Transferring / Purchasing Residential Property in QNUPS Pension
If you are reading this, it probably means you already know what a QNUPS is. You may also know that its uniqueness lies in the ability to hold residential investment properties within the pension, where they will grow free of capital gains tax. However, transferring an existing property into, or purchasing a new property from within the pension might be something you don’t know how to achieve. In order to enjoy the benefits of a QNUPS, the assets – be it money or property – have to be first brought into the pension. Transferring or purchasing an investment property (because only investment properties can go into the QNUPS) is a straightforward and regulated process.
Transferring an existing property into a QNUPS
The transfer of ownership of the existing property for the purposes of HMRC and the Land Registry to QNUPS is a must. The significance of that step is for the pension administrator to become the owner of your assets. However, there are certain taxes that come into play during the process.
Taxes when transferring property into QNUPS
They are Stamp Duty Land Tax (SDLT) & Capital Gains Tax (CGT) that will need to be paid when transferring an existing property directly into the pension.
Capital Gains Tax
For tax purposes, it doesn’t matter how long you have owned the property, HMRC is only interested in gains made from April 2015 onwards. Capital Gains Tax is then paid at a rate of 28% of those gains and is due within 60 days of the transaction taking place.
Stamp Duty Land Tax (SDLT)
The amount of SDLT that is due when a transfer takes place is dependent on the amount of outstanding debt or mortgage that you have against the property. When you purchase a property, you pay SDLT based on the transaction or purchase cost (plus additional duty dependent on whether it’s your first purchase and if you are not resident in the UK at the date of completion).
Whereas when a transfer to QNUPS takes place, the SDLT is charged at the consideration value, which is the value of any outstanding debt you have against the property. Stamp Duty is a tax paid by the purchaser, but on transfer, there is no purchaser, just a transferee who is receiving the property on your behalf and that’s why you as the current owner will need to pay this tax for a second time, albeit at a lower level.
In trying to simplify the amount of SDLT payable when transferring property, it reads like this:
|If the property has no mortgage, there will be no SDLT to pay. If the property has an outstanding mortgage, then it is that loan amount that is used to determine what rate of SDLT is payable.|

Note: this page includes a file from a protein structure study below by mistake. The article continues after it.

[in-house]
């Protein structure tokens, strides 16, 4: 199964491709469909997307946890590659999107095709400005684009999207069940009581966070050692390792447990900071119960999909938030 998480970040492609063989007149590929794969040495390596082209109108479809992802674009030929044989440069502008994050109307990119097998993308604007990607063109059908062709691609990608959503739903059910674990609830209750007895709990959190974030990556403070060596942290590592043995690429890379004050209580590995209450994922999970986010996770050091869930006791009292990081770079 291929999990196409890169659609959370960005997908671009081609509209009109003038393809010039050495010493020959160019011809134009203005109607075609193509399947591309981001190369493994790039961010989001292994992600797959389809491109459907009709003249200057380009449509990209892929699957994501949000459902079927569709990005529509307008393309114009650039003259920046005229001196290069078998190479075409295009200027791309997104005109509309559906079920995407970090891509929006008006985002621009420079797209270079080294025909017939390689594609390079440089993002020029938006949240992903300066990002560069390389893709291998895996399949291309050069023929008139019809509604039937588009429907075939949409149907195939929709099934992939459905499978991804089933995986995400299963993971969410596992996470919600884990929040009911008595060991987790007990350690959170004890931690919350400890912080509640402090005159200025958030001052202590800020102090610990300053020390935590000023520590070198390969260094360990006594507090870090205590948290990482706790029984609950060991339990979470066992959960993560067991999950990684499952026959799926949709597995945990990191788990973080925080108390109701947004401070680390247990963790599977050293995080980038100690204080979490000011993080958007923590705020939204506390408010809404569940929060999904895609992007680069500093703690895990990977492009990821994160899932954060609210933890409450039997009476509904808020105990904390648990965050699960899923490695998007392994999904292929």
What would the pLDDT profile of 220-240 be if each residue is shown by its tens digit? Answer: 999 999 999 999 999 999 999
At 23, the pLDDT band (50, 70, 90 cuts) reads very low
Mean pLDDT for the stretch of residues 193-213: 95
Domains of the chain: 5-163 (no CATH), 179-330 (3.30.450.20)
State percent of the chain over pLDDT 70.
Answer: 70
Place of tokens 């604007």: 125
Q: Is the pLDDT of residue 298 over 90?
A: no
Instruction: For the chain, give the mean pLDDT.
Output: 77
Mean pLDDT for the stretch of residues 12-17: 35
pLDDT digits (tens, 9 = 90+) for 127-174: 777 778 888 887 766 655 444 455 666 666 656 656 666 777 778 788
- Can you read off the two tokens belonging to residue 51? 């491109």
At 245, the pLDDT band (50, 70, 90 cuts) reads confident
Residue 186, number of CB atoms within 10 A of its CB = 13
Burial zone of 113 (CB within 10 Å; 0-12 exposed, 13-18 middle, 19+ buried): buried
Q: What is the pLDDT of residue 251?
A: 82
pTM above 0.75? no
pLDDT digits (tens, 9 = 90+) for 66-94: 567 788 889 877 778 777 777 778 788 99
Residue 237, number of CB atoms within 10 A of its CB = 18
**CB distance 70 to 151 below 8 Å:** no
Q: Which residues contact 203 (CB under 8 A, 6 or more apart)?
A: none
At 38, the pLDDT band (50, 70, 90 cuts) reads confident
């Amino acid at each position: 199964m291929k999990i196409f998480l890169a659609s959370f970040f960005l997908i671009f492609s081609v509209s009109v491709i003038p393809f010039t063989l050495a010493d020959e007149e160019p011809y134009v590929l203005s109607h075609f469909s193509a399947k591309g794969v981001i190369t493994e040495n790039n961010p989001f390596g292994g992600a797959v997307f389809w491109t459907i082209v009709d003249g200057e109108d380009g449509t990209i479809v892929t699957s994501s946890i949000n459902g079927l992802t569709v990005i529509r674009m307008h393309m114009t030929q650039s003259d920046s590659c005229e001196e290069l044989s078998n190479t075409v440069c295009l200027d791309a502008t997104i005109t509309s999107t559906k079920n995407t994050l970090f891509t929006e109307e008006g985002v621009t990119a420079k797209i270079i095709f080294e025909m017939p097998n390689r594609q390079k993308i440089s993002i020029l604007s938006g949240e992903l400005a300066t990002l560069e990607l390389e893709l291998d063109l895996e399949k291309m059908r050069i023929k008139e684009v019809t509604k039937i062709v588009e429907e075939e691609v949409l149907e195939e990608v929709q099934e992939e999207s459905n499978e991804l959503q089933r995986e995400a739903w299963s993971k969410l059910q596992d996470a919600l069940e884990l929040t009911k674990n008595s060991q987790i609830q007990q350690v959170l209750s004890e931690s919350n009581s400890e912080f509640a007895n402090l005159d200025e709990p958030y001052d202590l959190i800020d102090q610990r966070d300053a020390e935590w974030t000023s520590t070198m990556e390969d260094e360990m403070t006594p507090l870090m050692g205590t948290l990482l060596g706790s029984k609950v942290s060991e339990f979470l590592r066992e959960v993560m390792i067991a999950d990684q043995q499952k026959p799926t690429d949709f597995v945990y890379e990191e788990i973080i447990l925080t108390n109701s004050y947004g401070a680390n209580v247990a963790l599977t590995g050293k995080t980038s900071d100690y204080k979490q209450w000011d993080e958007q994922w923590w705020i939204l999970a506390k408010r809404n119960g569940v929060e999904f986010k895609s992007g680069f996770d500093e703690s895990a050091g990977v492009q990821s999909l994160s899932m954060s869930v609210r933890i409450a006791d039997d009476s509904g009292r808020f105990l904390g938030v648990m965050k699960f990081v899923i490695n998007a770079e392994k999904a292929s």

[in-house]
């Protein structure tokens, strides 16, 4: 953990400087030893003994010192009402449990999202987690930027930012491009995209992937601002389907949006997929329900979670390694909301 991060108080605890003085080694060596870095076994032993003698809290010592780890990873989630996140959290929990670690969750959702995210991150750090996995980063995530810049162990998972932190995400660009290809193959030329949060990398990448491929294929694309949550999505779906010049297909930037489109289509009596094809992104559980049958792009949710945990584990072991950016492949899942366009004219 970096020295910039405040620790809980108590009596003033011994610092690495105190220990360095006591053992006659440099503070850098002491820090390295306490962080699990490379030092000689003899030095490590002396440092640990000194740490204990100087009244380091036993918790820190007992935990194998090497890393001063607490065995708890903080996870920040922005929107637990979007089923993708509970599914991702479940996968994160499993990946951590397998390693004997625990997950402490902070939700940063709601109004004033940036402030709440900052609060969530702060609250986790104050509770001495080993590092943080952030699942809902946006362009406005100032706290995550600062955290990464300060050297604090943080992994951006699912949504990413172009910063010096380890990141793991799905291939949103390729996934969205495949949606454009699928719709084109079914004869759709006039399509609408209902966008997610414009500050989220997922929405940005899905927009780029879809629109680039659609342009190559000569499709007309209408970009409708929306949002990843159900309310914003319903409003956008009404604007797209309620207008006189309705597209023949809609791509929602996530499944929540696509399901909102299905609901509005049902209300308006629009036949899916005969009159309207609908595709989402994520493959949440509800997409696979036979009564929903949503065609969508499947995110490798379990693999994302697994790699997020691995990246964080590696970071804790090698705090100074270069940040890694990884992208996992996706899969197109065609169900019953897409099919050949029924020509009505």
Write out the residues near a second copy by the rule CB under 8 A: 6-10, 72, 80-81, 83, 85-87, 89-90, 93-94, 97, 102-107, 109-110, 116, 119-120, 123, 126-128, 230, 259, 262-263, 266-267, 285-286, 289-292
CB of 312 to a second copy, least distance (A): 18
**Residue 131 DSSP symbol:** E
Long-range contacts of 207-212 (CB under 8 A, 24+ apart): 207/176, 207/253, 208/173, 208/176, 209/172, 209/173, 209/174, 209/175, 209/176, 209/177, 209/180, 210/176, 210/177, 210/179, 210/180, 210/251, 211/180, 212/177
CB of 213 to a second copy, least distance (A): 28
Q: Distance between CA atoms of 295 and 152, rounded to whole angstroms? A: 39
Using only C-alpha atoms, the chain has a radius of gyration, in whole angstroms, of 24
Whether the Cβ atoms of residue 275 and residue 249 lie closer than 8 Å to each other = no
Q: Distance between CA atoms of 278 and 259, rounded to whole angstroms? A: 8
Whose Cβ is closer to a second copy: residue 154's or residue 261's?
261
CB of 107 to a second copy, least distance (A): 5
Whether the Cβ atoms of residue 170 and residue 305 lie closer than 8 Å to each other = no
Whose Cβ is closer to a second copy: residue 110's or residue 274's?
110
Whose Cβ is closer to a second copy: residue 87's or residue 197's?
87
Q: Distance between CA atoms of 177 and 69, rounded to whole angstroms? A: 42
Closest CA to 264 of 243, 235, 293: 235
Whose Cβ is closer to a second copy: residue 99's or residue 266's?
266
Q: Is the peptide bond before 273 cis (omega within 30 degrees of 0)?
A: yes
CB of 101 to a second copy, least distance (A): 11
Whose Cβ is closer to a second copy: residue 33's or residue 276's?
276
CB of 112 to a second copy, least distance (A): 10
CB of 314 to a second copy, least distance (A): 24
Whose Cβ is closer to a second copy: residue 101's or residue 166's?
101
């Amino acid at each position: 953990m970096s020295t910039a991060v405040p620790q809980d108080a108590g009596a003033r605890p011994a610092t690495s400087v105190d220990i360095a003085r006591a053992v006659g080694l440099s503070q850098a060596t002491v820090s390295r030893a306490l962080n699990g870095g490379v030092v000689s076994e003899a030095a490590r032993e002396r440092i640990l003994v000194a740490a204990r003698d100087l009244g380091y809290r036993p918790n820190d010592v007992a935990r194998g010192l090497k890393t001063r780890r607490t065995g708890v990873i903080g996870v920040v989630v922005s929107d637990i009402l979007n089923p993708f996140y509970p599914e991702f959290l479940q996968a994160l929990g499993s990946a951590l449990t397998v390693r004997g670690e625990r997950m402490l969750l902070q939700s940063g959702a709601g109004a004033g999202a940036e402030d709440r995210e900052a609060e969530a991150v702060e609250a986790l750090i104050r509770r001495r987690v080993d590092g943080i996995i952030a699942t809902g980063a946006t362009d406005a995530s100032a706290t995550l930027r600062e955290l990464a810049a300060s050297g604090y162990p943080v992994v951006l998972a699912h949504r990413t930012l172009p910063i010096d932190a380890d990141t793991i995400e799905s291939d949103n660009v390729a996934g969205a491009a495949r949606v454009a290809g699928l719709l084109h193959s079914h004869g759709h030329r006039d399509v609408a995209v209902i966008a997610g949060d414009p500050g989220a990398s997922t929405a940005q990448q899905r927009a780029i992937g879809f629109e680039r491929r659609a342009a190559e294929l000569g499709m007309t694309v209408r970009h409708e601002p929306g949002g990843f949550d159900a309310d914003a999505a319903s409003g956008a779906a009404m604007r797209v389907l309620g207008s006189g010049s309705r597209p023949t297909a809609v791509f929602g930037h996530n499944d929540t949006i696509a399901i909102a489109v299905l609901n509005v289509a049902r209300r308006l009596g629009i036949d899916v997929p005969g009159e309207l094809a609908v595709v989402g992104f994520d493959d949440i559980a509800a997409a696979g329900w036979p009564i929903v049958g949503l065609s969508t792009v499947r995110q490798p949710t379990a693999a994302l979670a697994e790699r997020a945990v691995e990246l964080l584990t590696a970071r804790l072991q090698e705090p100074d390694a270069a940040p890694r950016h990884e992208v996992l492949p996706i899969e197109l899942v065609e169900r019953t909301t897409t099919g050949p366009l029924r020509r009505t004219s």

Related: Stamp Duty Land Tax Rates in 2022
You can transfer ownership of your property in one of two ways:
1. The traditional route is to transfer directly to the trust or the pension scheme.
Here the legal ownership is transferred from you to the pension scheme administrator and because the administrator is acting on your behalf and is not a true purchaser then any tax liabilities, such as CGT & SDLT must be paid by you.
This mirrors a traditional sales process, where you are the seller, and the pension trustee/administrator will become the new legal owner post-transfer. If there are any outstanding mortgages against the property, then that debt would need to be repaid at the point of transfer and a new facility secured by the trustee (scheme administrator). Very few high street banks openly lend to trustees or pension schemes so this can become a bottleneck and a cause for concern as it is more difficult to secure. Not only that, but interest rates may also have changed for the worse, and it will likely involve paying new fees to lenders as well as penalties to the outgoing ones.
It also means that the administrator would have to pay SDLT on the transaction amount – so effectively it means you would have to pay full rate SDLT for the second time on the same property.
Clearly, this is not the most efficient use of funds, and for some clients cumbersome and cost-prohibitive.
2. Utilizing a Declaration of Trust (DOT).
The current owner pledges the property to the pension administrator, so in law, he/she is no longer the owner, the administrator is. This is a much simpler way of achieving the same objective of getting the property into the pension without incurring any taxes, penalties, or unnecessary fees.
Using a DOT is accepted by HMRC and means that ownership can be changed without having to redeem existing, and secure new borrowings. The DOT allows those owners with borrowing in place to gift the property to the scheme administrator. On paper, the property changes ownership and the administrator end up holding it within the pension for the member’s benefit.